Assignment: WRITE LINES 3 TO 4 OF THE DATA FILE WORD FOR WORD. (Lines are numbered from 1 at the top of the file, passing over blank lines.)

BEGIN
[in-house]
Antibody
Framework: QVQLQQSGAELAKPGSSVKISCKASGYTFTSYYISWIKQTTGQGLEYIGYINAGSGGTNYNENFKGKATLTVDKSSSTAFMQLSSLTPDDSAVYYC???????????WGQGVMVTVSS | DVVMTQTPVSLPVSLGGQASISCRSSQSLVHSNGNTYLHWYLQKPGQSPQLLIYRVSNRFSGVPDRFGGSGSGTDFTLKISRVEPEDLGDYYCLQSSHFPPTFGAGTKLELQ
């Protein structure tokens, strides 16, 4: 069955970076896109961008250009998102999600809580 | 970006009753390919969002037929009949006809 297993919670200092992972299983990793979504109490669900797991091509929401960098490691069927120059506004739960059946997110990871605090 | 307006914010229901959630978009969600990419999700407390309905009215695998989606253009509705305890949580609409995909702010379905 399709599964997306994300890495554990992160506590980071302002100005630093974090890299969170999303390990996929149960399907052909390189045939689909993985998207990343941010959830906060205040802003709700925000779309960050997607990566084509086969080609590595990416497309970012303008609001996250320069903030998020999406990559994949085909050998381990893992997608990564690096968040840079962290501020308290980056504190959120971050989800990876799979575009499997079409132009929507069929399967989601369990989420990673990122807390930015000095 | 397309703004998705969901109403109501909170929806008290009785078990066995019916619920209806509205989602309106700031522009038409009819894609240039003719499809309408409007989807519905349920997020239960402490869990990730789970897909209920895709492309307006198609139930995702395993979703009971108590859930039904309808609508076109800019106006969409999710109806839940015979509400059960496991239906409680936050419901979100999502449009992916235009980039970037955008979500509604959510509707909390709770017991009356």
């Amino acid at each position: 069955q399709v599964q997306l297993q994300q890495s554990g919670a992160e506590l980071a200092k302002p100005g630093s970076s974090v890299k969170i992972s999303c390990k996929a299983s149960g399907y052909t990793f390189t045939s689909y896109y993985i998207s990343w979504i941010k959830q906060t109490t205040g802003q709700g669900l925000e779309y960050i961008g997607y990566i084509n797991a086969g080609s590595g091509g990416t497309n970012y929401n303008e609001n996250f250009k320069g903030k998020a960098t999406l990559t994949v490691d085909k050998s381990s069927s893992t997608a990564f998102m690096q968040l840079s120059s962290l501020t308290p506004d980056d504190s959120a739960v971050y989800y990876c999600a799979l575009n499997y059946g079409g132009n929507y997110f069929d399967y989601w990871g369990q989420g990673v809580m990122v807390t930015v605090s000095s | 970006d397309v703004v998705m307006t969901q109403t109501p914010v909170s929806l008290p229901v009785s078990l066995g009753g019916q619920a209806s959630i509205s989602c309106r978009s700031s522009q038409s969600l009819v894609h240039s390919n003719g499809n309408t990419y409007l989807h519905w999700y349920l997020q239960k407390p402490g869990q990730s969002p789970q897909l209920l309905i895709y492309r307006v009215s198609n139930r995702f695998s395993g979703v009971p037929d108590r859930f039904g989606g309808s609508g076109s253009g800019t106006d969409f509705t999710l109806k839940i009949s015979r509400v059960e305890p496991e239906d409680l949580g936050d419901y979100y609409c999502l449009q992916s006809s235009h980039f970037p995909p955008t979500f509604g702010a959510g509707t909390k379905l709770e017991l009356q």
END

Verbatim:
Framework: QVQLQQSGAELAKPGSSVKISCKASGYTFTSYYISWIKQTTGQGLEYIGYINAGSGGTNYNENFKGKATLTVDKSSSTAFMQLSSLTPDDSAVYYC???????????WGQGVMVTVSS | DVVMTQTPVSLPVSLGGQASISCRSSQSLVHSNGNTYLHWYLQKPGQSPQLLIYRVSNRFSGVPDRFGGSGSGTDFTLKISRVEPEDLGDYYCLQSSHFPPTFGAGTKLELQ
């Protein structure tokens, strides 16, 4: 069955970076896109961008250009998102999600809580 | 970006009753390919969002037929009949006809 297993919670200092992972299983990793979504109490669900797991091509929401960098490691069927120059506004739960059946997110990871605090 | 307006914010229901959630978009969600990419999700407390309905009215695998989606253009509705305890949580609409995909702010379905 399709599964997306994300890495554990992160506590980071302002100005630093974090890299969170999303390990996929149960399907052909390189045939689909993985998207990343941010959830906060205040802003709700925000779309960050997607990566084509086969080609590595990416497309970012303008609001996250320069903030998020999406990559994949085909050998381990893992997608990564690096968040840079962290501020308290980056504190959120971050989800990876799979575009499997079409132009929507069929399967989601369990989420990673990122807390930015000095 | 397309703004998705969901109403109501909170929806008290009785078990066995019916619920209806509205989602309106700031522009038409009819894609240039003719499809309408409007989807519905349920997020239960402490869990990730789970897909209920895709492309307006198609139930995702395993979703009971108590859930039904309808609508076109800019106006969409999710109806839940015979509400059960496991239906409680936050419901979100999502449009992916235009980039970037955008979500509604959510509707909390709770017991009356």